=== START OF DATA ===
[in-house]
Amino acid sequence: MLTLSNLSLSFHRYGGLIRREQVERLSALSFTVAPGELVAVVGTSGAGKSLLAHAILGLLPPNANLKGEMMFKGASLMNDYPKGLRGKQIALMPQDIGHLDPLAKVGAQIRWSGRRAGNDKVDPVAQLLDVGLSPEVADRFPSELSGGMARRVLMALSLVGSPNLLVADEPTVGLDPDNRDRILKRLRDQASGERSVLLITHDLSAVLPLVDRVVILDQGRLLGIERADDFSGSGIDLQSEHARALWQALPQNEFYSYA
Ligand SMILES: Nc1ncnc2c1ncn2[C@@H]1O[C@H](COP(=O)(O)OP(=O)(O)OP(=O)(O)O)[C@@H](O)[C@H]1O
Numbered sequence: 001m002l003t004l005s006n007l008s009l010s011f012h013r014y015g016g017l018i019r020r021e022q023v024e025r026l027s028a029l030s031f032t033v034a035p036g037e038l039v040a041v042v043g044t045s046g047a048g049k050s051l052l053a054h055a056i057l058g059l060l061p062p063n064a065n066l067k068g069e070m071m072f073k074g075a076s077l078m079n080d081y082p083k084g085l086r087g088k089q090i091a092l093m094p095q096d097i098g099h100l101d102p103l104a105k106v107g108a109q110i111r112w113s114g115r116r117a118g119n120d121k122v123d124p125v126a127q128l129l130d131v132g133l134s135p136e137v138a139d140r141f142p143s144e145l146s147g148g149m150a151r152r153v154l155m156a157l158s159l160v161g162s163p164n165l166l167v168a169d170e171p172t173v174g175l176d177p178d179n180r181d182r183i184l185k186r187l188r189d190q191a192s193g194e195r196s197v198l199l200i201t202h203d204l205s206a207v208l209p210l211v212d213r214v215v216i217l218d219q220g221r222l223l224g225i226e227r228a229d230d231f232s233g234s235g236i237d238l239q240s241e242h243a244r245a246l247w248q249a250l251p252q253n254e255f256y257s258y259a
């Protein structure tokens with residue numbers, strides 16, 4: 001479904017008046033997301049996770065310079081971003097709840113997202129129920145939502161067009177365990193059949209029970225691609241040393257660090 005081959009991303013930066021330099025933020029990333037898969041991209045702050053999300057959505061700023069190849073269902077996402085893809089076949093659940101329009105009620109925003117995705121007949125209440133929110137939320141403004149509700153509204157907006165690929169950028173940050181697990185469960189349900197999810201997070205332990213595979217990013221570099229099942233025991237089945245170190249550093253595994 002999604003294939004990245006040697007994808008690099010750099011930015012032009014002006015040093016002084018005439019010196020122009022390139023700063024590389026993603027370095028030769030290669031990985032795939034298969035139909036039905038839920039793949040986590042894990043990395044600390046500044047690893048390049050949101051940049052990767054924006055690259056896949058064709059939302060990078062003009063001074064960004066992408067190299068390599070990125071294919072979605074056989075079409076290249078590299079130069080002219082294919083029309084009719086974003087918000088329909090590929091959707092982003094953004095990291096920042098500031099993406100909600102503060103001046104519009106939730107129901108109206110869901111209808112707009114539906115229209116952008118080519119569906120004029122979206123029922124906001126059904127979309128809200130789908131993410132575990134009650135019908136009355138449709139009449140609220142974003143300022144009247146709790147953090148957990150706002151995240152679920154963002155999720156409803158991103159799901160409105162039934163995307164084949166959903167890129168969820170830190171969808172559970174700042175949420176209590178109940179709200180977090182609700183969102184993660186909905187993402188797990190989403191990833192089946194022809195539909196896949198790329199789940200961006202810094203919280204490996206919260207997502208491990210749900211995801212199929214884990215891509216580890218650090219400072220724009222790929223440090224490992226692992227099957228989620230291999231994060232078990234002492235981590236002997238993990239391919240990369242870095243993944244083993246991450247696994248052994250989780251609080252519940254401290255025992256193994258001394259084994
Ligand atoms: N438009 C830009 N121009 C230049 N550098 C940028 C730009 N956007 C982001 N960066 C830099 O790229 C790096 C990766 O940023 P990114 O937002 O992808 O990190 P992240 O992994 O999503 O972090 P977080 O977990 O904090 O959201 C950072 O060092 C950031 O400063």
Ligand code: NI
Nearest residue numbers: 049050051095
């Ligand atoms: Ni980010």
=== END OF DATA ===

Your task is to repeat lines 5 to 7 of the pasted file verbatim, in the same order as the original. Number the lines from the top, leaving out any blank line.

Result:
């Protein structure tokens with residue numbers, strides 16, 4: 001479904017008046033997301049996770065310079081971003097709840113997202129129920145939502161067009177365990193059949209029970225691609241040393257660090 005081959009991303013930066021330099025933020029990333037898969041991209045702050053999300057959505061700023069190849073269902077996402085893809089076949093659940101329009105009620109925003117995705121007949125209440133929110137939320141403004149509700153509204157907006165690929169950028173940050181697990185469960189349900197999810201997070205332990213595979217990013221570099229099942233025991237089945245170190249550093253595994 002999604003294939004990245006040697007994808008690099010750099011930015012032009014002006015040093016002084018005439019010196020122009022390139023700063024590389026993603027370095028030769030290669031990985032795939034298969035139909036039905038839920039793949040986590042894990043990395044600390046500044047690893048390049050949101051940049052990767054924006055690259056896949058064709059939302060990078062003009063001074064960004066992408067190299068390599070990125071294919072979605074056989075079409076290249078590299079130069080002219082294919083029309084009719086974003087918000088329909090590929091959707092982003094953004095990291096920042098500031099993406100909600102503060103001046104519009106939730107129901108109206110869901111209808112707009114539906115229209116952008118080519119569906120004029122979206123029922124906001126059904127979309128809200130789908131993410132575990134009650135019908136009355138449709139009449140609220142974003143300022144009247146709790147953090148957990150706002151995240152679920154963002155999720156409803158991103159799901160409105162039934163995307164084949166959903167890129168969820170830190171969808172559970174700042175949420176209590178109940179709200180977090182609700183969102184993660186909905187993402188797990190989403191990833192089946194022809195539909196896949198790329199789940200961006202810094203919280204490996206919260207997502208491990210749900211995801212199929214884990215891509216580890218650090219400072220724009222790929223440090224490992226692992227099957228989620230291999231994060232078990234002492235981590236002997238993990239391919240990369242870095243993944244083993246991450247696994248052994250989780251609080252519940254401290255025992256193994258001394259084994
Ligand atoms: N438009 C830009 N121009 C230049 N550098 C940028 C730009 N956007 C982001 N960066 C830099 O790229 C790096 C990766 O940023 P990114 O937002 O992808 O990190 P992240 O992994 O999503 O972090 P977080 O977990 O904090 O959201 C950072 O060092 C950031 O400063």
Ligand code: NI